Fremantle law firm Morgan Alteruthemeyer Legal Group expects up to 5,000 homeowners could be eligible to join a class action against WA's largest home builder BGC Housing Group over construction delays, after a grassroots campaign already garnered 2,200 members seeking redress for financial hardship.
The law firm has secured funding from Omni Bridgeway (ASX: OBL), a litigation financer valued at close to $600 million which has a global presence and is known for backing victims of the 2011 Queensland flood against dam operators and the state government, and shareholders who lost money in Sirtex Medical.
The funding allows Morgan Alteruthemeyer to proceed against Perth-based BGC companies on behalf of homeowners who entered into home building contracts between 1 July 2019 and 30 June 2022, and suffered losses due to alleged unauthorised delays in the construction of their homes.
"The securing of funding with Omni Bridgeway was a significant step forward for BGC homeowners who have suffered financially from the delays in building their homes," says Morgan Alteruthemeyer Legal Group building and construction partner, Spencer Lieberfreund.
"A class action against BGC offers individuals a way of seeking financial compensation without being exposed personally to legal costs. We encourage impacted homeowners to join the class action."
The announcement has been welcomed by founders of the BGC Proposed Class Action Group, Jess Spithoven, Tanya Princi and Domenica Vecchio.
Spithoven encourages any impacted BGC homeowners to register to join the class action.
"We are pleased to learn of the litigation funding announcement regarding the class action but securing funding to commence a class action is not enough," she says.
"We need all BGC homeowners who have suffered or will suffer financially because of BGC’s delays to come forward and register to join the class action."
In a response, a spokesperson for BGC said the group would vigorously defend any action.
"BGC Housing Group is committed to its customers and we have been diligently working our way through our existing home builds. As a result of a severe lack of labour and materials in the building industry – something beyond the control of BGC Housing Group – we have taken the unprecedented step of ceasing new home sales until the backlog is cleared," the spokesperson said.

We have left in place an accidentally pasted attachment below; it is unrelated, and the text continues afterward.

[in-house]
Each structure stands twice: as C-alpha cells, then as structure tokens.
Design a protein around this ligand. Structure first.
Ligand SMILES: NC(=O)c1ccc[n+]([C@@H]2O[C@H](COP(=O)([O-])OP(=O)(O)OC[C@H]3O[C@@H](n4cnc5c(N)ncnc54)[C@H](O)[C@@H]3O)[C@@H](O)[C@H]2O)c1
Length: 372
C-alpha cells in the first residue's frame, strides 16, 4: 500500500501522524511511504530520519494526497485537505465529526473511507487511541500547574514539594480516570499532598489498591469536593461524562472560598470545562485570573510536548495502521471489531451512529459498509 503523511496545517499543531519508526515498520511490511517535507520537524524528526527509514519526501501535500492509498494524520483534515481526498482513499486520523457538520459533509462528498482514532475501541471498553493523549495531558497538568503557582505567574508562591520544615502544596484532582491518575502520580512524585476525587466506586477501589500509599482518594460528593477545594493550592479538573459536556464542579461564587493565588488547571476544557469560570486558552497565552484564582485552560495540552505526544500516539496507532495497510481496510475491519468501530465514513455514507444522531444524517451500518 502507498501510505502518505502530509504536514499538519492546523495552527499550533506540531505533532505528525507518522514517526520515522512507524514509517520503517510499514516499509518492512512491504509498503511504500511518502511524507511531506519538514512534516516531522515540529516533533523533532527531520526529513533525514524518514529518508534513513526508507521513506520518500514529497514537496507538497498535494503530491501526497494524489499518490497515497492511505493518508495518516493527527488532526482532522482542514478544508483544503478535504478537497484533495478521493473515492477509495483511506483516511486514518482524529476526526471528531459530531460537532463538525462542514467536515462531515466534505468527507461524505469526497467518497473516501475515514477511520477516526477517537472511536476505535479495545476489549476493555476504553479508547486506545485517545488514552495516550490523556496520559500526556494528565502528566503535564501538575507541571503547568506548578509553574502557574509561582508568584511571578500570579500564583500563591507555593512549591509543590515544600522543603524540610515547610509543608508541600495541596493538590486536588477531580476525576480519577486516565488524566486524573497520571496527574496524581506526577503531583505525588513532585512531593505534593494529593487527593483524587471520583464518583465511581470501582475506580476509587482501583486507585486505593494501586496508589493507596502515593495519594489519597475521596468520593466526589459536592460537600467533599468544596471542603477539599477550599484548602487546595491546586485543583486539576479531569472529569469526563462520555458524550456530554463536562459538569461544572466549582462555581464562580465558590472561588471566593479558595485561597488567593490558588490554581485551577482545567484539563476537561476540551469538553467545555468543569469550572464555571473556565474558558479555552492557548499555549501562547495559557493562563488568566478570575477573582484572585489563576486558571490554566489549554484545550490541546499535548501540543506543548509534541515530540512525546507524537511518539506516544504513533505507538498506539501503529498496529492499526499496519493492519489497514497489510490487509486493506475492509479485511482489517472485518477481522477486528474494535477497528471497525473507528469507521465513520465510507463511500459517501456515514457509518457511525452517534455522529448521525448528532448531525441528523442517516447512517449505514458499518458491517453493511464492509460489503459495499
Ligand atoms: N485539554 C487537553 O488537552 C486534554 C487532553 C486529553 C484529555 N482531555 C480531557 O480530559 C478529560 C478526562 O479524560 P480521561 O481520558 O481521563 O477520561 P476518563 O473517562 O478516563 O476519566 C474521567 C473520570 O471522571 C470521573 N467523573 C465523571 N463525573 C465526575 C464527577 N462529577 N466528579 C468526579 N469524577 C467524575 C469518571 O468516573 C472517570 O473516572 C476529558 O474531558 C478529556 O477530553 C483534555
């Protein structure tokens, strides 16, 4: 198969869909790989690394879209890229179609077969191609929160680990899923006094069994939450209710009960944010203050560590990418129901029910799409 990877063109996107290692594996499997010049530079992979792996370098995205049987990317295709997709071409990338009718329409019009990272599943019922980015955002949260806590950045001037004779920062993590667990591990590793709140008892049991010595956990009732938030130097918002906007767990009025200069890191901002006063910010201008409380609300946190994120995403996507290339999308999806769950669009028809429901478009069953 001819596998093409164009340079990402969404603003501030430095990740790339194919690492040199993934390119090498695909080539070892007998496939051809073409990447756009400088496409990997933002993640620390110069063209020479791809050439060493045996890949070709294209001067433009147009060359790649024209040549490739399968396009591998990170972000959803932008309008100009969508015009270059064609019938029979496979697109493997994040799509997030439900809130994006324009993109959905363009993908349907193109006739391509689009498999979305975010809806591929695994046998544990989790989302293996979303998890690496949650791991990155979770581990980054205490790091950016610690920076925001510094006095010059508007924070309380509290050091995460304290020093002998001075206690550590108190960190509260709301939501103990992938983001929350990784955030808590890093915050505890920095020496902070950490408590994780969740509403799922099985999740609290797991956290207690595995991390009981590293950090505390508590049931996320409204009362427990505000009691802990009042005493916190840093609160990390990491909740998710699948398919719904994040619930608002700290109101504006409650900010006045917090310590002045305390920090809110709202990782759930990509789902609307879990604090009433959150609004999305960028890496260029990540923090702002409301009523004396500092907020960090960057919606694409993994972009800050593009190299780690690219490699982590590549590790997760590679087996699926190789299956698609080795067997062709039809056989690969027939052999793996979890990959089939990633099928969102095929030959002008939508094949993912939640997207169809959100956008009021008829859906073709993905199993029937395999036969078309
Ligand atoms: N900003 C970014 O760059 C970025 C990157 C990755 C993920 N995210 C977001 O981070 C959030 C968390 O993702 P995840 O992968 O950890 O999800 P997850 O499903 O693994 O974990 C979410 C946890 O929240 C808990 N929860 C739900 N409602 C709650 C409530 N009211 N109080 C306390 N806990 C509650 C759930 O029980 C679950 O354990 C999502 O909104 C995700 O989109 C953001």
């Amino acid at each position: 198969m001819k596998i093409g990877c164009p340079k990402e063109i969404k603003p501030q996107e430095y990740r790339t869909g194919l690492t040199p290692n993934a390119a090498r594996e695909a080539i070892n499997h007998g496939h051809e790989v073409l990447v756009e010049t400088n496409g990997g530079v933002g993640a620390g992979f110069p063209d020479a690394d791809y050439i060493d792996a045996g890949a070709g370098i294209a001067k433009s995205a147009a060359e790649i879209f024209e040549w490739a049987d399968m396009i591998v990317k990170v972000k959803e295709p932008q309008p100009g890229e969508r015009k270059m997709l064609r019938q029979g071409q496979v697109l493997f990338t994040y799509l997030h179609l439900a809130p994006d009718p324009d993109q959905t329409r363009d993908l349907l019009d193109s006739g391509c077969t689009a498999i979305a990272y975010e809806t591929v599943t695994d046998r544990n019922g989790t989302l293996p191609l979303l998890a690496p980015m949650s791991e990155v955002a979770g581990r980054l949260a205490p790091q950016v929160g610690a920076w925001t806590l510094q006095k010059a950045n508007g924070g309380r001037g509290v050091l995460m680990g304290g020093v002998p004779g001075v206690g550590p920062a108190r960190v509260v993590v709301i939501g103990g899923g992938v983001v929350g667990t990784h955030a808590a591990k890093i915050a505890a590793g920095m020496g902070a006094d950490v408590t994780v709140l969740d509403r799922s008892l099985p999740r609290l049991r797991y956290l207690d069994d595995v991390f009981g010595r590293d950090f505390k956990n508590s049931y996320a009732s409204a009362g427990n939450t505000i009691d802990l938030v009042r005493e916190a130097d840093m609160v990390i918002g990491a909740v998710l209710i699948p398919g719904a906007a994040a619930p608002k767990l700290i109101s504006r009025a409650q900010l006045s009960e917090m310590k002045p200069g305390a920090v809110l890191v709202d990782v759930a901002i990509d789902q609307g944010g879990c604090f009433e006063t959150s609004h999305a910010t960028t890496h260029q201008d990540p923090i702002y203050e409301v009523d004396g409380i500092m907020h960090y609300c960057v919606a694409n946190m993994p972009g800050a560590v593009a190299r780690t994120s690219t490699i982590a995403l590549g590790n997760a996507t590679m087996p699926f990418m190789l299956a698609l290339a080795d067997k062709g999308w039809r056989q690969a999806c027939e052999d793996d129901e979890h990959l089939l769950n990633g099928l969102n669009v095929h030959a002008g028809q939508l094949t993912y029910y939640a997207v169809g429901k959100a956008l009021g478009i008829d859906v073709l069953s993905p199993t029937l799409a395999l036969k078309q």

"We are acutely aware of the impact of delays on homeowners, and we remain focused on finishing all homes we currently have under construction.
"There is no easy solution to resolving the labour and materials shortages and constraints, that we see across Western Australia, in all industries and sectors. However, BGC Housing Group has been diligently seeking to build as quickly as possible, while maintaining quality and safety."
The company highlighted a record production month in August with approximately 70 homes per week completing roof carpentry, roof cover and lock up.
"The number of sales BGC Housing Group took on through the building stimulus period were well below previous sales in recent strong markets such as 2015/2016 and our market share of home sales remained at historic average levels," the spokesperson said.
"A key driver of extra pressure into the housing construction industry in Western Australia has been the total take-up of stimulus grants. Like all builders, BGC Housing Group was unaware of the total take-up (as later revealed by the Government) was in the order of 25,000 homes in a market completing 11,000 homes in the prior twelve months to June 2020.
"There simply is not enough capacity in the market. Western Australia has ~22,000 homes currently under construction while build completions across the State remain at ~12,000 per annum. This issue will continue until chronic labour shortages are addressed."
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